This type of worship obviously takes a great deal of planning - but I believe that is a responsibility incumbent in the free church tradition. Liturgical churches need not put as much planning into their services because the story of redemption is beautifully and powerfully related in a standardized form; but there is incredible potential for dynamic worship in the nonliturgical church if we are willing to give it the forethought and planning it deserves.
Another crucial aspect is that of participatory worship. Kierkegaard's perceptive portrayal of worship as having God as the "audience," the congregation as the "performers," and the worship leaders (music minister, choir) as "prompters" deserves careful consideration. The flow of the service in our church incorporates a sort of dialogue between choir and congregation. Our trained musical force offers a musical invitation to the people to approach God in reverent worship, but the congregation is never left for long to sit and listen: they are regularly brought in to respond and participate by singing or reading.
The great biblical and reformation doctrine of the priesthood of all believers must be lived out in the full participation of all God's people in the act of corporate worship.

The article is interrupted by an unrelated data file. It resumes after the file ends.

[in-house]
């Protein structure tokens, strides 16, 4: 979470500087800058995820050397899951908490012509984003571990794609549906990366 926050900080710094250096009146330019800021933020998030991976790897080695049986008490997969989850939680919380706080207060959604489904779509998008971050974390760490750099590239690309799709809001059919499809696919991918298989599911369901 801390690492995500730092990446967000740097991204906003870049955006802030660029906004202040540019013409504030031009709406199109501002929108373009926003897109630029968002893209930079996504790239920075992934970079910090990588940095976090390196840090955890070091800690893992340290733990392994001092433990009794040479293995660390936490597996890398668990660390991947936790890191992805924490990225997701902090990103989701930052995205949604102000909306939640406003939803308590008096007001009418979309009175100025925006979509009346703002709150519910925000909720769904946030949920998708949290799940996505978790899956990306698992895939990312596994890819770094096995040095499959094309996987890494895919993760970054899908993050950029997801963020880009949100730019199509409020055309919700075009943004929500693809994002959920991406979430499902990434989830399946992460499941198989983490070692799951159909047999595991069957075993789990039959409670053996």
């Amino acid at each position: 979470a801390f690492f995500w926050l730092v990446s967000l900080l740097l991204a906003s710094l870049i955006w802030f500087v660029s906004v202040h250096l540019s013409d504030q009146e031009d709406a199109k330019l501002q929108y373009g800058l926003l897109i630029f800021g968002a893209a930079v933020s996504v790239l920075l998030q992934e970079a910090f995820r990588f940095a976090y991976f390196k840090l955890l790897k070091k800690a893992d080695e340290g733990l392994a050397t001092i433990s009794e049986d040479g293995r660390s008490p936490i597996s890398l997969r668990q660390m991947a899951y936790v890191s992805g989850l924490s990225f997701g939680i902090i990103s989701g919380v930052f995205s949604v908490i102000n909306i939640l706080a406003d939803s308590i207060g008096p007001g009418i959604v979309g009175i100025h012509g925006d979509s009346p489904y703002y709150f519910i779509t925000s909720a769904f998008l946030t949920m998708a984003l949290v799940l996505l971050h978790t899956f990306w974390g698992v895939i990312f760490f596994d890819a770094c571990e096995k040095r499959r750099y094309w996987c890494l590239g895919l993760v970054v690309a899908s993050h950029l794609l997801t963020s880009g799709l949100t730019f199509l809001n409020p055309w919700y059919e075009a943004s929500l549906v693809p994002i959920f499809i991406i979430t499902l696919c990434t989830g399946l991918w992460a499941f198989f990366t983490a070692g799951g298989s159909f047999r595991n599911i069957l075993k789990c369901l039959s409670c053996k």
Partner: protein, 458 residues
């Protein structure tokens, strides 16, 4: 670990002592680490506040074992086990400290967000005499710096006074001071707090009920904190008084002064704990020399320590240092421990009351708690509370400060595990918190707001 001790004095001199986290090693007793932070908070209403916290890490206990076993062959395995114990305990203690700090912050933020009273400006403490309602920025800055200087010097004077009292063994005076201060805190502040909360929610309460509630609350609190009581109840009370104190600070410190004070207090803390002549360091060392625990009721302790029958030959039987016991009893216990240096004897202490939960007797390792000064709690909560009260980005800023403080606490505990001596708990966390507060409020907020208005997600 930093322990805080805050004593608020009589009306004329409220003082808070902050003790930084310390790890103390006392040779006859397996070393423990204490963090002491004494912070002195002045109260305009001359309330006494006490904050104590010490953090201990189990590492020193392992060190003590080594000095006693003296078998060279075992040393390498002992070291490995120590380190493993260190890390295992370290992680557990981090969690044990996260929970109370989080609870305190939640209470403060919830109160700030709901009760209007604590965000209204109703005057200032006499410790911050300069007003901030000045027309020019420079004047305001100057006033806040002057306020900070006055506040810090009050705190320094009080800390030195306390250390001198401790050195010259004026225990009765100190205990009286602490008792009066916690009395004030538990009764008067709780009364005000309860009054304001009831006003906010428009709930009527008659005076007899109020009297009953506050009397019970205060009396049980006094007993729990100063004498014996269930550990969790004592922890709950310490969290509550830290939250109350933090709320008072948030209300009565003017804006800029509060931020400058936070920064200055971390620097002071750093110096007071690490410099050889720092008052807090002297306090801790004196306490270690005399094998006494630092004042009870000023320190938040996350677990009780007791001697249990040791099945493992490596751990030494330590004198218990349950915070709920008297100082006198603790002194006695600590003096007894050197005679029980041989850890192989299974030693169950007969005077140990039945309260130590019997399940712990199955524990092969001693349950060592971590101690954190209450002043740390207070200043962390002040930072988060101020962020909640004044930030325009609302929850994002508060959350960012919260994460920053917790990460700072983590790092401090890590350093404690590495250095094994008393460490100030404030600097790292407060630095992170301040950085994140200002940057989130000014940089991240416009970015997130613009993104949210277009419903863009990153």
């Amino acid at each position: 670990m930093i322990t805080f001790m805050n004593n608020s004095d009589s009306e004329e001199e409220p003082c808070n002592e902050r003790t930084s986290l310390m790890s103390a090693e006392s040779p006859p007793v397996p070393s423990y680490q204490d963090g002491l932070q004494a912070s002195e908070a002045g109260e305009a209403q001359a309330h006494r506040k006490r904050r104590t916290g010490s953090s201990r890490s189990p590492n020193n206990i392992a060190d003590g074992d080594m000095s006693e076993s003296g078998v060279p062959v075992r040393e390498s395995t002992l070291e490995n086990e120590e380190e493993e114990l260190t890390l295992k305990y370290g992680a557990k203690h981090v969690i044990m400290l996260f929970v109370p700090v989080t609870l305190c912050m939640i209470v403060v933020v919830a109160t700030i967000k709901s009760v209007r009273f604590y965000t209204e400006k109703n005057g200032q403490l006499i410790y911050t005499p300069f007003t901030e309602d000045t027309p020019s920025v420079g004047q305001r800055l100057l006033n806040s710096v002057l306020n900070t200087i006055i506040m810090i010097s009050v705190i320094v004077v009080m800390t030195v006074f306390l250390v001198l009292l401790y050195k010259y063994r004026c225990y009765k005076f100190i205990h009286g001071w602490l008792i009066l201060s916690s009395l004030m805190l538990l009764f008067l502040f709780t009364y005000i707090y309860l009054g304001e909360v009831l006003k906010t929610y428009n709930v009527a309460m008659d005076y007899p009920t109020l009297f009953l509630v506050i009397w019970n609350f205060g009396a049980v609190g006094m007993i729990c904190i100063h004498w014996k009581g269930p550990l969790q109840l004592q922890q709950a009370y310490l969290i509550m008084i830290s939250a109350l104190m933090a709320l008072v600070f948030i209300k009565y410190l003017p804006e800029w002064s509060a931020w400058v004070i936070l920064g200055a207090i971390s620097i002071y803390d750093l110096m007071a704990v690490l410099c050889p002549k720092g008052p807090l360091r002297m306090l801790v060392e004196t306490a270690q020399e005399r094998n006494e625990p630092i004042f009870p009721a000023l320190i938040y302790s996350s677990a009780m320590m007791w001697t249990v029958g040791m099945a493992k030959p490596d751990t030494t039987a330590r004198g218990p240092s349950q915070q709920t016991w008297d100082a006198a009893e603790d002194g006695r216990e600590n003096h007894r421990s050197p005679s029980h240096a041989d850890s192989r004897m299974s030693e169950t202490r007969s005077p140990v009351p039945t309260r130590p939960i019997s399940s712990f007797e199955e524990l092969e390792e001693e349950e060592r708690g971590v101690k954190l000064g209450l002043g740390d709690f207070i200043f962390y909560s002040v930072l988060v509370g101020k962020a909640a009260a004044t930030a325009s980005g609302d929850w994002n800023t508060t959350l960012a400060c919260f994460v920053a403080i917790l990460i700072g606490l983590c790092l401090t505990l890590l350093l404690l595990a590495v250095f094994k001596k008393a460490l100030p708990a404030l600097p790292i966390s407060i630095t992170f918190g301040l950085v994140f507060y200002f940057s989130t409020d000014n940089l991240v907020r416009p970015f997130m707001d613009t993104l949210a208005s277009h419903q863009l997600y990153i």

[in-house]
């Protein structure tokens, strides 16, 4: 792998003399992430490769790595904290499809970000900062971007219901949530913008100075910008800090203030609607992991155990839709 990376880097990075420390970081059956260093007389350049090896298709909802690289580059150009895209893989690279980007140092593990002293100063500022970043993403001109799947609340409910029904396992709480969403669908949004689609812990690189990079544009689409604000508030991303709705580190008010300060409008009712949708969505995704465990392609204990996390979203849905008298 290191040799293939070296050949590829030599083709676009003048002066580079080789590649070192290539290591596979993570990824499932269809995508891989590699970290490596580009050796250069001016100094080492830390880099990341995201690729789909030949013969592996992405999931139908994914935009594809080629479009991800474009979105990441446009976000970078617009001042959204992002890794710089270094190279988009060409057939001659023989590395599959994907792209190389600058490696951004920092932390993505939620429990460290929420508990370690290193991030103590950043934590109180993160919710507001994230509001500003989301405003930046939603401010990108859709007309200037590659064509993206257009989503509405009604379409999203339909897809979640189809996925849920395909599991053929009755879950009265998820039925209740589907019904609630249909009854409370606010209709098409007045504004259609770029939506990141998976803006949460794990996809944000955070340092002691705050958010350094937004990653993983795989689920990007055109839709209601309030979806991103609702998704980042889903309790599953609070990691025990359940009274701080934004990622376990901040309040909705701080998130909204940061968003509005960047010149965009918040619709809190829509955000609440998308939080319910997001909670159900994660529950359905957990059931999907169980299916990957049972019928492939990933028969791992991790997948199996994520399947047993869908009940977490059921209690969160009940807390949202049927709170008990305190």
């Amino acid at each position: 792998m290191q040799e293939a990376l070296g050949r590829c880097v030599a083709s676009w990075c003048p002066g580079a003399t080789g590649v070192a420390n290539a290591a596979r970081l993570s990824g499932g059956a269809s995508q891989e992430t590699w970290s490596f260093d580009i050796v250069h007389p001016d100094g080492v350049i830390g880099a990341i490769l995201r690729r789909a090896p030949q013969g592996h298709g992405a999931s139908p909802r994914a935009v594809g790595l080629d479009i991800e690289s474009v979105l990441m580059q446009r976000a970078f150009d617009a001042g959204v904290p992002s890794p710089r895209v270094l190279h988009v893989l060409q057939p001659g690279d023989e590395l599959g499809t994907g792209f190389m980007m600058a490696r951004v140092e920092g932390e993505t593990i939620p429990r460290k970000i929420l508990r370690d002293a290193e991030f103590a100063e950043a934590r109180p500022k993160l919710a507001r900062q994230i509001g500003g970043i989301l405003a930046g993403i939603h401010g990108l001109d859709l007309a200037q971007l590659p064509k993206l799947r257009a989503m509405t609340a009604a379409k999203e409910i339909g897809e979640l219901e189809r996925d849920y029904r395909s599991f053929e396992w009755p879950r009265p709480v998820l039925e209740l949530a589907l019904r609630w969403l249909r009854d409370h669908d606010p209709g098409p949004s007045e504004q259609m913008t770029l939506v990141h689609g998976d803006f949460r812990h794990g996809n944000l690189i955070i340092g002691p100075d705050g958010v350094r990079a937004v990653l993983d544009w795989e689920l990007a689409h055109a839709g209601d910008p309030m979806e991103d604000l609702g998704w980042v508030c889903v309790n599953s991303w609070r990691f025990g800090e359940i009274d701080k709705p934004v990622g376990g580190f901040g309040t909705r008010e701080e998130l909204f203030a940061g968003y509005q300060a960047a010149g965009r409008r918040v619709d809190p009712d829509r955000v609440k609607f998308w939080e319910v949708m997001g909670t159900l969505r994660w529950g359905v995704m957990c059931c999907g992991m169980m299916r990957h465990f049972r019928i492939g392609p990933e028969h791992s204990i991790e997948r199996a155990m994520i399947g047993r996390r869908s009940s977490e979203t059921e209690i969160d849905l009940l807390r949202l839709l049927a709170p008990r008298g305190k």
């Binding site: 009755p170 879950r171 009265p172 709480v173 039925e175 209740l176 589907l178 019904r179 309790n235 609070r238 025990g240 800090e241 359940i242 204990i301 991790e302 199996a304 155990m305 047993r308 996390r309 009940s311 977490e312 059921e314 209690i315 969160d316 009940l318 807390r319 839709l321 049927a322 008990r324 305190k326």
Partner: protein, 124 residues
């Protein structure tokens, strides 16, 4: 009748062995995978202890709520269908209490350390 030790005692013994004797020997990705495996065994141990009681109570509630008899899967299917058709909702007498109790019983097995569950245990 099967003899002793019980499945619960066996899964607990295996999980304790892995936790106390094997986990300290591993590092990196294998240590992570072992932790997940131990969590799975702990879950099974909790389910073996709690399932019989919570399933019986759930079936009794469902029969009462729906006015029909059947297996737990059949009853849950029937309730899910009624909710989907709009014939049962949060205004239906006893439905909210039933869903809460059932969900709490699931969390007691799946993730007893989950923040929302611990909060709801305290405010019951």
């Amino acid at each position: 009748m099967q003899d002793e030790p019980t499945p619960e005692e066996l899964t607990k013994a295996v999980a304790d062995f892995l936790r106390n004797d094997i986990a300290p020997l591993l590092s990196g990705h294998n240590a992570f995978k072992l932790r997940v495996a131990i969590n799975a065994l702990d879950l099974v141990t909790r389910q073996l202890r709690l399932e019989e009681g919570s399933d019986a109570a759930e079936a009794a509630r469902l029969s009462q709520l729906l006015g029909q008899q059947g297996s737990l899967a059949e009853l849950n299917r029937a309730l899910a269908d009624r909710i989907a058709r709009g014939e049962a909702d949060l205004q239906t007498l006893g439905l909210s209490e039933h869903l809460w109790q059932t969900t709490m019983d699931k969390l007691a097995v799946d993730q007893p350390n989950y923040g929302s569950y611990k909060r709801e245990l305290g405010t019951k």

Another vital biblical and Reformation doctrine is that God is not aloof and distant, but rather has come close through His Son Jesus Christ. In our informal age this precious truth is sometimes translated into worship which seeks to be a little too "chummy" with Jesus. He is our Friend, to be sure, but not in a backslapping kind of way. He is our Lord as well, who has gone to incredible lengths to provide for our wellbeing. If we were in fact to visually behold Him, we would not see Him in blue jeans-- we would be overwhelmed by His unspeakable majesty and resplendent glory, and we would fall to our knees.
Worship befitting its divine Object will be reverent worship. This does not - I repeat, does not - mean dead or dull worship. But the primary goal will not be to produce giddy or even warm feelings in the participants. The goal will be to glorify God in all of His transcendence and majesty, so that His people are transfixed by the contemplation of the matchless beauty of His person and the unsurpassed wonder of His redeeming love. Some of our people regularly find themselves weeping as they join in worshipping their Lord in all His splendor.
There is plenty of room in dignified worship for joyful and exuberant expression - not as an end in itself, but rather as an appropriate response to the Giver of all good gifts.
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To have the whole people of God (young and old) join together in meaningful corporate worship is an overwhelming testimony to the barrier-breaking truth of the gospel - and unbelievers cannot help but notice! And to invite the body of Christ to exalt the Person of Christ and of God the Father in a way in which no segment of the congregation feels alienated - that is a goal so unspeakably worthy that we should joyfully marshall all the creative forces at our disposal for this greatest of all human pursuits.